One easy way to get started at programming in JavaScript is
to interact with the JavaScript interpreter that is built into
the browser you are using to view this page.
JavaScript programs are called *statements*.
We have set up the statements shown with a dark background such that
you can click on them.
The mouse click on JavaScript statements is
programmed in such
a way that a JavaScript interpreter is displayed, which can
*evaluate* the
statement and display the resulting value.
By the way, the program that makes the mouse click
on a JavaScript statement display the interpreter is itself
written in JavaScript; we call it the *script* for
the mouse click.

One kind of statement is an
expression statement, which consists of an
*expression*, followed by a semicolon.
A simple kind of an expression is a number.
(More precisely, the expression consists of the numerals that
represent the number in base 10.) If you ask our script to
display the interpreter for the expression statement

486;

Expressions representing numbers may be combined with operators
(such as
`+` or
`*`) to form a
compound expression that represents the
application of a corresponding primitive
function to those numbers. For example, evaluate
any of the following expression statements[1]
by clicking on it:

137 + 349;

1000 - 334;

5 * 99;

10 / 5;

2.7 + 10;

Expressions such as these, which contain other expressions
as components, are called *combinations*.
Combinations that are formed by an
*operator* symbol in the middle, and
*operand* expressions to the left and right of it,
are called
*operator combinations*.
The value of an operator combination is
obtained by applying the function specified by the operator to the
*arguments* that are the values of the operands.

The convention of placing the operator between the operands is
known as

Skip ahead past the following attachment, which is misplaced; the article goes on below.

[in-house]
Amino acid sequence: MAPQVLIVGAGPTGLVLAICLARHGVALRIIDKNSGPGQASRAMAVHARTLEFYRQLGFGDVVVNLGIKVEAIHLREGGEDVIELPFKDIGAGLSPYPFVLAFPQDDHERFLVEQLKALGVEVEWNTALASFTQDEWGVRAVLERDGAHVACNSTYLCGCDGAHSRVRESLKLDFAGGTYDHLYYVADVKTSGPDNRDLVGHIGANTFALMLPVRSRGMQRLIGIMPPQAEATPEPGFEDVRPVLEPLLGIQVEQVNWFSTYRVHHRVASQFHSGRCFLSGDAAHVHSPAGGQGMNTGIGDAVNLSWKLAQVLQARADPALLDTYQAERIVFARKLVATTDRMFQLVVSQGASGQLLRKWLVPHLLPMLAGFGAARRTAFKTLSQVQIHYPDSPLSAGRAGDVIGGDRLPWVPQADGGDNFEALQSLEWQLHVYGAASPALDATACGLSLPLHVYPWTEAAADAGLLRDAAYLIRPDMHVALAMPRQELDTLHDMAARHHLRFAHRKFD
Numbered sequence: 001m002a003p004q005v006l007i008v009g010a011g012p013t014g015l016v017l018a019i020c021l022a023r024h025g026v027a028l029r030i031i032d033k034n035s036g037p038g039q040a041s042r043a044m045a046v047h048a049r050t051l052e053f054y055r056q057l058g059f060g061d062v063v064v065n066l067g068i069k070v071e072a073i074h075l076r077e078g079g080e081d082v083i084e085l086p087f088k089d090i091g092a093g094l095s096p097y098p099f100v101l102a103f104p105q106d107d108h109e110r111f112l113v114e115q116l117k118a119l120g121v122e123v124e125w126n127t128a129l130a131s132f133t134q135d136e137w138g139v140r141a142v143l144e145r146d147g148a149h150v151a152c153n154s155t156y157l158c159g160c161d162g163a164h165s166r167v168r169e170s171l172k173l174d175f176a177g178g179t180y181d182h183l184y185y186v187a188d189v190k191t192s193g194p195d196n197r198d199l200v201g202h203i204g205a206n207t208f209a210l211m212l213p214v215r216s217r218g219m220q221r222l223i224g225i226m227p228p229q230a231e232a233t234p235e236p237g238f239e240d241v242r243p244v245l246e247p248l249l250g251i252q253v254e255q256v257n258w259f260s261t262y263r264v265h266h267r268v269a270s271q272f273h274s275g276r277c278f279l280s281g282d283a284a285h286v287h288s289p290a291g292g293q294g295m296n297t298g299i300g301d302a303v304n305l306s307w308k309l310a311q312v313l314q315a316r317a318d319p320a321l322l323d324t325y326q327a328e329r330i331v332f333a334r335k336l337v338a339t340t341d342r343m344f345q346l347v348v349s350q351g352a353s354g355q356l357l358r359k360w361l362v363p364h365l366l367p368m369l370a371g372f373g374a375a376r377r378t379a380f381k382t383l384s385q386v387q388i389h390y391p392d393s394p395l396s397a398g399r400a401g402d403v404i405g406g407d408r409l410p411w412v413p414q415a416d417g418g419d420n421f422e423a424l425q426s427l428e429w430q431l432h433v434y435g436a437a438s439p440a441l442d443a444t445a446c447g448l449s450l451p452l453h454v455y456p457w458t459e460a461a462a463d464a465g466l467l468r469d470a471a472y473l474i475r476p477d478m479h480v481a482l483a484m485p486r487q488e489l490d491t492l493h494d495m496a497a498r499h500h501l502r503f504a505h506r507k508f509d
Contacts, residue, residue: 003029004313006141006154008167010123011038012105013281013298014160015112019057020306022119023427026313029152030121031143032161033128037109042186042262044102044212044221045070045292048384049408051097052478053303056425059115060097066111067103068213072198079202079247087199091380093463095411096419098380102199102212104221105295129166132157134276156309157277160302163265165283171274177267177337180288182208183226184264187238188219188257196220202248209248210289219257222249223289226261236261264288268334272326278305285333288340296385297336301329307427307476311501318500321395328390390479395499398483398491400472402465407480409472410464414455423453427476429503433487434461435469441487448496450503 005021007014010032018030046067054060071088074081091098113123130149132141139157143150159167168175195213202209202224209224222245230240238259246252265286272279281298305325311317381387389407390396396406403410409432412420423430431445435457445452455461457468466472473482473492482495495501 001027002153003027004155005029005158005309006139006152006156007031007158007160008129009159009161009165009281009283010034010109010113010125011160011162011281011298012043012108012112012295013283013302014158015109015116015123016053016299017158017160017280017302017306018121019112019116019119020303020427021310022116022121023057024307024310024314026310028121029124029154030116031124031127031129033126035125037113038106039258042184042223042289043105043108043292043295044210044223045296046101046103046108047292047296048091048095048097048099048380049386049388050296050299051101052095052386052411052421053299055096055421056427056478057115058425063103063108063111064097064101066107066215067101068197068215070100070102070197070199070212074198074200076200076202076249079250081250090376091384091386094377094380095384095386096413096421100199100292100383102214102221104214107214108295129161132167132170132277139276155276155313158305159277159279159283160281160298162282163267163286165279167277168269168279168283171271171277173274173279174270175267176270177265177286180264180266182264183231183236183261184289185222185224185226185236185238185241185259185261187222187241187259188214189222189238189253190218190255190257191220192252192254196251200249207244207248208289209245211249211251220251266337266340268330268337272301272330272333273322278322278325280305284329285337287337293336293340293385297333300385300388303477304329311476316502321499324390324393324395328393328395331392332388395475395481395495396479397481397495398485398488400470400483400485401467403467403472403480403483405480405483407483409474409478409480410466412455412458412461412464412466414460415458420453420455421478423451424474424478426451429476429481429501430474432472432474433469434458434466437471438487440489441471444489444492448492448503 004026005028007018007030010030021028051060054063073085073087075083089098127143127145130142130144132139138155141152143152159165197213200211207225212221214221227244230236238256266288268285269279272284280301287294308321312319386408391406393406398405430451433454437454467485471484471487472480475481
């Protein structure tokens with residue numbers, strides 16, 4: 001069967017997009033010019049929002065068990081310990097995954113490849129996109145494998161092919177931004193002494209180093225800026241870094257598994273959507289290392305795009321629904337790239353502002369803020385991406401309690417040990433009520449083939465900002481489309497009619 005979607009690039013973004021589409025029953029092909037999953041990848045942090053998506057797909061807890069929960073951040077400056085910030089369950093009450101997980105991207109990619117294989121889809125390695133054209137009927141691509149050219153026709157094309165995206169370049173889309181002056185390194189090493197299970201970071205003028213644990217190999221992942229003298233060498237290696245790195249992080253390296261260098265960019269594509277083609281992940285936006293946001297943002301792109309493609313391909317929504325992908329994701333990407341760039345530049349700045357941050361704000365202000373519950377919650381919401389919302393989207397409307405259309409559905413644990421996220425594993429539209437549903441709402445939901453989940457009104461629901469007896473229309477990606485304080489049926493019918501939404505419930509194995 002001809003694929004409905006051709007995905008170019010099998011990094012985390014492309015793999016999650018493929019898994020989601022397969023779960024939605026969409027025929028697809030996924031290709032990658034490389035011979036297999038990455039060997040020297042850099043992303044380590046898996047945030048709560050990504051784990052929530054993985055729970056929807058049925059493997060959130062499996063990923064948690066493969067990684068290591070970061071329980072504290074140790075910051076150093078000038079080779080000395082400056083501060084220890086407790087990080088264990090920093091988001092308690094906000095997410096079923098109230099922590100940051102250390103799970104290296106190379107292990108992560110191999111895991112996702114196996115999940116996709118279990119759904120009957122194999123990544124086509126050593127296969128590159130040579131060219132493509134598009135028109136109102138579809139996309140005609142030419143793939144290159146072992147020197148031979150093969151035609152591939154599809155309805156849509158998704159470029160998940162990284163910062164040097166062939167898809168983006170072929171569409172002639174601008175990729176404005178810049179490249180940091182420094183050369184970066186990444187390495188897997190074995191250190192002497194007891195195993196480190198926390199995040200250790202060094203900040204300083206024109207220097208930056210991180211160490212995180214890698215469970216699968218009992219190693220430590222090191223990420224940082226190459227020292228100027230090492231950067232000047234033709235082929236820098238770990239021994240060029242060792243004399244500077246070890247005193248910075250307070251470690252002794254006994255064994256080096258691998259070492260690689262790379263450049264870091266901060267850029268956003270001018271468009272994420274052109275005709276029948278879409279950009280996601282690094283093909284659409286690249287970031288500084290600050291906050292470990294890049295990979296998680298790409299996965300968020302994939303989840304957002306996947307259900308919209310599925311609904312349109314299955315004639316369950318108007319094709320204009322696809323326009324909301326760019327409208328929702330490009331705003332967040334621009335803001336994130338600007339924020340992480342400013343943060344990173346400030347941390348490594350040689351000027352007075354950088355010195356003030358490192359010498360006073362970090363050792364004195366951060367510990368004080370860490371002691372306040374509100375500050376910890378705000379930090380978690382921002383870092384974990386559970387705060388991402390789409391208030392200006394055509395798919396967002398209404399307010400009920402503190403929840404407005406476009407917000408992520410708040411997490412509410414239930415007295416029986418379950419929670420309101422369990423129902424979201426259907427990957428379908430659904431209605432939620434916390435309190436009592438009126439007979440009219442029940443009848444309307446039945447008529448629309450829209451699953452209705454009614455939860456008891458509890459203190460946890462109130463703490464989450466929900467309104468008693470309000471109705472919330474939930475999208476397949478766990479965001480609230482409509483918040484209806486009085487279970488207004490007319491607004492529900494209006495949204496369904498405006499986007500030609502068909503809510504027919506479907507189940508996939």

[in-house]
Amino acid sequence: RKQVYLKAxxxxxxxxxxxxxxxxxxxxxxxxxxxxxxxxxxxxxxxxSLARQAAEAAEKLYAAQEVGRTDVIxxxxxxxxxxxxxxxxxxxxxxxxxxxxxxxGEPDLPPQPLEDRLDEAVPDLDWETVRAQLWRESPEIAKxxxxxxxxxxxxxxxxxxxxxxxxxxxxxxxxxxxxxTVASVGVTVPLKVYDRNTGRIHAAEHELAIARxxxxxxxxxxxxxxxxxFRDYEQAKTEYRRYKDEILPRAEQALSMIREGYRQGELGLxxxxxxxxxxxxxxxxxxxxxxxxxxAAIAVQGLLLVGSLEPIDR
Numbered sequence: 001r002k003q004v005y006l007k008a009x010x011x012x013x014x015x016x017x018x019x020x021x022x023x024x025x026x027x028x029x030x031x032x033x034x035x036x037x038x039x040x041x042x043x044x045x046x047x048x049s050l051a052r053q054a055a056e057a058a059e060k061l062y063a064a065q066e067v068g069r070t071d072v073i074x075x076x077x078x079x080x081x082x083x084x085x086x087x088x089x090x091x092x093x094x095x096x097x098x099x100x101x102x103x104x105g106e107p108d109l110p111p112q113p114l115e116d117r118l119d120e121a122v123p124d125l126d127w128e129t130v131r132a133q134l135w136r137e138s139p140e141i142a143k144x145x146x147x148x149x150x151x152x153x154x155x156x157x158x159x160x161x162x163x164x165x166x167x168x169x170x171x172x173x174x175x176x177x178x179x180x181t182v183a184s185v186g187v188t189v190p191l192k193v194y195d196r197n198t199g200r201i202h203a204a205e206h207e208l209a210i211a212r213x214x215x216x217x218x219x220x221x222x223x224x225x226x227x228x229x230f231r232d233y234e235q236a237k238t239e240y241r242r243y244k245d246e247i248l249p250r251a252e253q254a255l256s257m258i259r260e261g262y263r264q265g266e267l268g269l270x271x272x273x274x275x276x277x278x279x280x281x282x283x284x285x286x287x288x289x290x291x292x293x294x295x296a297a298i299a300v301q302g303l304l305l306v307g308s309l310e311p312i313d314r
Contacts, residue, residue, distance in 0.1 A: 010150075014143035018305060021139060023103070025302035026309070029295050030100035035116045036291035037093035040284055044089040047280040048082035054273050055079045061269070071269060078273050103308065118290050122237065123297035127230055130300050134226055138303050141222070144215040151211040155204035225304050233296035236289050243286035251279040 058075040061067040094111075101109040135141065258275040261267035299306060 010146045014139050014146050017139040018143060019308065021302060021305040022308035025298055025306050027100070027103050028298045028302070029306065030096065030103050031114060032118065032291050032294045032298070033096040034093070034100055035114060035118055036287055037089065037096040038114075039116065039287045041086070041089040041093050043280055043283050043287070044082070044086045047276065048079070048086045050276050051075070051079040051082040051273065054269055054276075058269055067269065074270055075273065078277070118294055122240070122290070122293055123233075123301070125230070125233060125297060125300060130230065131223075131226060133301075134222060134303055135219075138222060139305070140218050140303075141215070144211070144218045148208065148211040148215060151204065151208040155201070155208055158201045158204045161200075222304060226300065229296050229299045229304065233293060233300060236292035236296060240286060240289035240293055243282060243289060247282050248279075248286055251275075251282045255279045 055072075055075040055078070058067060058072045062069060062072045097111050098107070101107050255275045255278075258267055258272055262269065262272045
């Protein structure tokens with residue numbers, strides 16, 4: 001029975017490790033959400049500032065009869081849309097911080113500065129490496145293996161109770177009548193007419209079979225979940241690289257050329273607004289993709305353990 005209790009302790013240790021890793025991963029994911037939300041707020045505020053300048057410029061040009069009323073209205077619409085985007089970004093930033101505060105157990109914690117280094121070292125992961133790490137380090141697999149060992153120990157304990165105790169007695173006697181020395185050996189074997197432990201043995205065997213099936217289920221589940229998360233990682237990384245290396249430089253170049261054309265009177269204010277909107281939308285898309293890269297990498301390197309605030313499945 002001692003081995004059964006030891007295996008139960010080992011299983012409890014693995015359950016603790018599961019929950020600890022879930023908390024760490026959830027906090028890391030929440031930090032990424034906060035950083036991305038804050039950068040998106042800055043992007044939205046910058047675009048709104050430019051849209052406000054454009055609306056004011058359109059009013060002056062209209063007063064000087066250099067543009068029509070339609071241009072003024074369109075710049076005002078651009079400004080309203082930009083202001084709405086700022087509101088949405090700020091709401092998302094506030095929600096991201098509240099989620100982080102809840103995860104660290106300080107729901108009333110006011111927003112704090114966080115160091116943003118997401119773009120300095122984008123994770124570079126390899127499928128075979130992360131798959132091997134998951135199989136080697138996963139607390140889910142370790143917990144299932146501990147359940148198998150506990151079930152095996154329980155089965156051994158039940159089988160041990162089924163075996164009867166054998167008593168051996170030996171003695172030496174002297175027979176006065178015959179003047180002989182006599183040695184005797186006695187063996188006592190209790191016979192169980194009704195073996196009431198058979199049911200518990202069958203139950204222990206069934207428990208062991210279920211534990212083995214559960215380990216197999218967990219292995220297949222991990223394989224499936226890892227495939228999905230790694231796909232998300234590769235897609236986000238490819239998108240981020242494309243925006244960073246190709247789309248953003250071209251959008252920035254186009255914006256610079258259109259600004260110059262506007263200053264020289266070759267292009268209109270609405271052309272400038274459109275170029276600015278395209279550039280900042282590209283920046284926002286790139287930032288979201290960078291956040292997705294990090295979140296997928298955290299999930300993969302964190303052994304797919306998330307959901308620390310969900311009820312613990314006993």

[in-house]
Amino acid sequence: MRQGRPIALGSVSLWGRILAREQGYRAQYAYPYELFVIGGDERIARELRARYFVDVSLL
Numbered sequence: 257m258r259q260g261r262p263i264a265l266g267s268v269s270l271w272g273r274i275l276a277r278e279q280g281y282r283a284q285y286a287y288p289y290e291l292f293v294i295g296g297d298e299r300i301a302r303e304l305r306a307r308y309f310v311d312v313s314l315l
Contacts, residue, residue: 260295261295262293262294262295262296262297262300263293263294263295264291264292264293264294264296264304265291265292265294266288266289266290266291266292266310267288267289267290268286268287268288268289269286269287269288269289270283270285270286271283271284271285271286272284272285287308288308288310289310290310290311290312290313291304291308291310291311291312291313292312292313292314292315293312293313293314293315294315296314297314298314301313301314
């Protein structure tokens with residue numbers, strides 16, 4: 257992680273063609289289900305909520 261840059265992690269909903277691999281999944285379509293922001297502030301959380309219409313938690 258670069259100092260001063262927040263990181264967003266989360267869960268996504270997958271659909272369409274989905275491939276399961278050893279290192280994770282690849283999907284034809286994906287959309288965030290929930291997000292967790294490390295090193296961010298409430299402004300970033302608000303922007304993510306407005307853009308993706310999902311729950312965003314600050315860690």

*infix notation*.
It follows
the mathematical notation that the reader is most
likely familiar with from school and everyday life.
As in mathematics, operator combinations can
be *nested*, that is, they
can take arguments that themselves are operator combinations:

(3 * 5) + (10 - 6);

3 * 5 + 10 / 2;

(3 * 5) + (10 / 2);

3 / 5 * 2 - 4 + 3;

(((3 / 5) * 2) - 4) + 3;

There is no limit (in principle) to the depth of such nesting and to the overall complexity of the expressions that the JavaScript interpreter can evaluate. It is we humans who might get confused by still relatively simple expressions such as

3 * 2 * (4 + (3 - 5)) + 10 * (27 / 6);

3 * 2 * (4 + (3 - 5)) + 10 * (27 / 6);

The interpreter always operates in the
same basic cycle: It reads a statement from the browser,
evaluates the statement, and prints the result.
This mode of operation is often expressed by saying that the
interpreter runs in a
*read-eval-print loop*.
Observe in particular that it is not necessary to explicitly
instruct the interpreter to print the value of the
statement.

[1]
Note that the semicolon indicates to the JavaScript interpreter
that the expression should be taken as a statement, and thus as
a complete program. However, JavaScript systems are not strict
about these semicolons; they can often be left out. In this book,
we will never leave out these optional semicolons, and point out
which statements come with semicolons and which ones don't.

1.1.1 Expressions